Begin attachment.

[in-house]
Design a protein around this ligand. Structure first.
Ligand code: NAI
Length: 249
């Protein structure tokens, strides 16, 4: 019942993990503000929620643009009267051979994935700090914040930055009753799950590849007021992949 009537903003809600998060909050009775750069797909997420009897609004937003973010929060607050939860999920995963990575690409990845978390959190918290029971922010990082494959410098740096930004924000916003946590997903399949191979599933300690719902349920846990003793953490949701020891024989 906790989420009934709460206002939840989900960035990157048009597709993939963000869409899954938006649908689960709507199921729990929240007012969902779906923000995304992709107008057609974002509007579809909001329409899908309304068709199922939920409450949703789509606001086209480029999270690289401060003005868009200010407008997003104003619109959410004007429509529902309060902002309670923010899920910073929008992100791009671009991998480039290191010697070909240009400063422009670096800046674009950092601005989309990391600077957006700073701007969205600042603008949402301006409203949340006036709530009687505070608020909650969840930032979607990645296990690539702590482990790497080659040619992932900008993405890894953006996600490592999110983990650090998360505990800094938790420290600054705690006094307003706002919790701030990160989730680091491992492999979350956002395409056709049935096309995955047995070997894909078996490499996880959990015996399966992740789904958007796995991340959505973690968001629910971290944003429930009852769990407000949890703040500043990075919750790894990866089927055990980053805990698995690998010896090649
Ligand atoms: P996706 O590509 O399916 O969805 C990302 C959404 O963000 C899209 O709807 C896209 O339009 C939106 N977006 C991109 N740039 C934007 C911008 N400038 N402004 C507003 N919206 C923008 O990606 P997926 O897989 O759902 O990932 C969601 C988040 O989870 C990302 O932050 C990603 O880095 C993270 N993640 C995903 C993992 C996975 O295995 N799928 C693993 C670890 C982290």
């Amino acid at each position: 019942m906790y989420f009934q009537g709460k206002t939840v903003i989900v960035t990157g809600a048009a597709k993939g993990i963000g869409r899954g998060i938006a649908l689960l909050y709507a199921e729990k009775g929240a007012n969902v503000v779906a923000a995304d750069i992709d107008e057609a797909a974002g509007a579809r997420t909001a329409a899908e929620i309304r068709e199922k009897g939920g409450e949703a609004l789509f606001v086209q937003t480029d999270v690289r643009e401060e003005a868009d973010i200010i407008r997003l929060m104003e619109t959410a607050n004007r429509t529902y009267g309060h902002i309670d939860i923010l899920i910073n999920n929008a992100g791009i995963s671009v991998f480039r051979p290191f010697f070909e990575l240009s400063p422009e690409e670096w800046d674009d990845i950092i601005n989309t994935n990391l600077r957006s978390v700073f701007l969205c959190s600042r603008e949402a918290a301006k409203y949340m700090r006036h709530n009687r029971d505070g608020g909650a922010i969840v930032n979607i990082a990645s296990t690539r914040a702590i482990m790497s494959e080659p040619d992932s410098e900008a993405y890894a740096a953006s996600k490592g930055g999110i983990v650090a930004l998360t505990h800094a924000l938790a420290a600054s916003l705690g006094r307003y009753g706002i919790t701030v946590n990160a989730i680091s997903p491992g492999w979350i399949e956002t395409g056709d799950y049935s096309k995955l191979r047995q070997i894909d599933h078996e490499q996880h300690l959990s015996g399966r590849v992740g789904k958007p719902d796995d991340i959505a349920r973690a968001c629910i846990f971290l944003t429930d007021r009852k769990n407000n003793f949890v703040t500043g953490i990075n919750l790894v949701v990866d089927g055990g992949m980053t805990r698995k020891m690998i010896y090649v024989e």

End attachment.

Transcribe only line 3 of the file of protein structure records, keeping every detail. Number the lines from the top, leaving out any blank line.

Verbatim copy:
Ligand code: NAI